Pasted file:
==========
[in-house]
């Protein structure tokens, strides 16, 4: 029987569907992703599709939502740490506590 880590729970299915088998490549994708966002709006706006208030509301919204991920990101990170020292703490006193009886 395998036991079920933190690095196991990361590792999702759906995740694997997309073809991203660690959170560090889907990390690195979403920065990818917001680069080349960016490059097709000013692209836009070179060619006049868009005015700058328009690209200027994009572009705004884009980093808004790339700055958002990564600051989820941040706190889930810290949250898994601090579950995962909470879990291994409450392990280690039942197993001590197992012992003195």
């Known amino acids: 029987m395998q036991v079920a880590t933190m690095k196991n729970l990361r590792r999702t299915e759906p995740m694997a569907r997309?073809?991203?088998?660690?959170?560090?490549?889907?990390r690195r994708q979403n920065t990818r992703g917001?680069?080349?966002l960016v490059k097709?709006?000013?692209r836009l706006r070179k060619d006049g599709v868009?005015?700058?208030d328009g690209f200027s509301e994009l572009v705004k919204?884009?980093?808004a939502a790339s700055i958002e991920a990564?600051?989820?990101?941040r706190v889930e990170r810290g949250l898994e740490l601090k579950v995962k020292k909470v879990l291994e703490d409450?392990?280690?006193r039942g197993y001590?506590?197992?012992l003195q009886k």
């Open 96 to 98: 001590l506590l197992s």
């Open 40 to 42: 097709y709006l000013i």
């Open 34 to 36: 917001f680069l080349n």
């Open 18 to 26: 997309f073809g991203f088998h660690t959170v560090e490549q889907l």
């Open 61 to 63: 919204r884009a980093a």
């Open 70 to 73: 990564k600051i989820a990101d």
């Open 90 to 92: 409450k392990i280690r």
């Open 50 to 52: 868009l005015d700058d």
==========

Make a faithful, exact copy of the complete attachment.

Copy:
[in-house]
């Protein structure tokens, strides 16, 4: 029987569907992703599709939502740490506590 880590729970299915088998490549994708966002709006706006208030509301919204991920990101990170020292703490006193009886 395998036991079920933190690095196991990361590792999702759906995740694997997309073809991203660690959170560090889907990390690195979403920065990818917001680069080349960016490059097709000013692209836009070179060619006049868009005015700058328009690209200027994009572009705004884009980093808004790339700055958002990564600051989820941040706190889930810290949250898994601090579950995962909470879990291994409450392990280690039942197993001590197992012992003195």
């Known amino acids: 029987m395998q036991v079920a880590t933190m690095k196991n729970l990361r590792r999702t299915e759906p995740m694997a569907r997309?073809?991203?088998?660690?959170?560090?490549?889907?990390r690195r994708q979403n920065t990818r992703g917001?680069?080349?966002l960016v490059k097709?709006?000013?692209r836009l706006r070179k060619d006049g599709v868009?005015?700058?208030d328009g690209f200027s509301e994009l572009v705004k919204?884009?980093?808004a939502a790339s700055i958002e991920a990564?600051?989820?990101?941040r706190v889930e990170r810290g949250l898994e740490l601090k579950v995962k020292k909470v879990l291994e703490d409450?392990?280690?006193r039942g197993y001590?506590?197992?012992l003195q009886k």
């Open 96 to 98: 001590l506590l197992s």
């Open 40 to 42: 097709y709006l000013i």
């Open 34 to 36: 917001f680069l080349n």
């Open 18 to 26: 997309f073809g991203f088998h660690t959170v560090e490549q889907l």
């Open 61 to 63: 919204r884009a980093a």
């Open 70 to 73: 990564k600051i989820a990101d």
């Open 90 to 92: 409450k392990i280690r």
């Open 50 to 52: 868009l005015d700058d």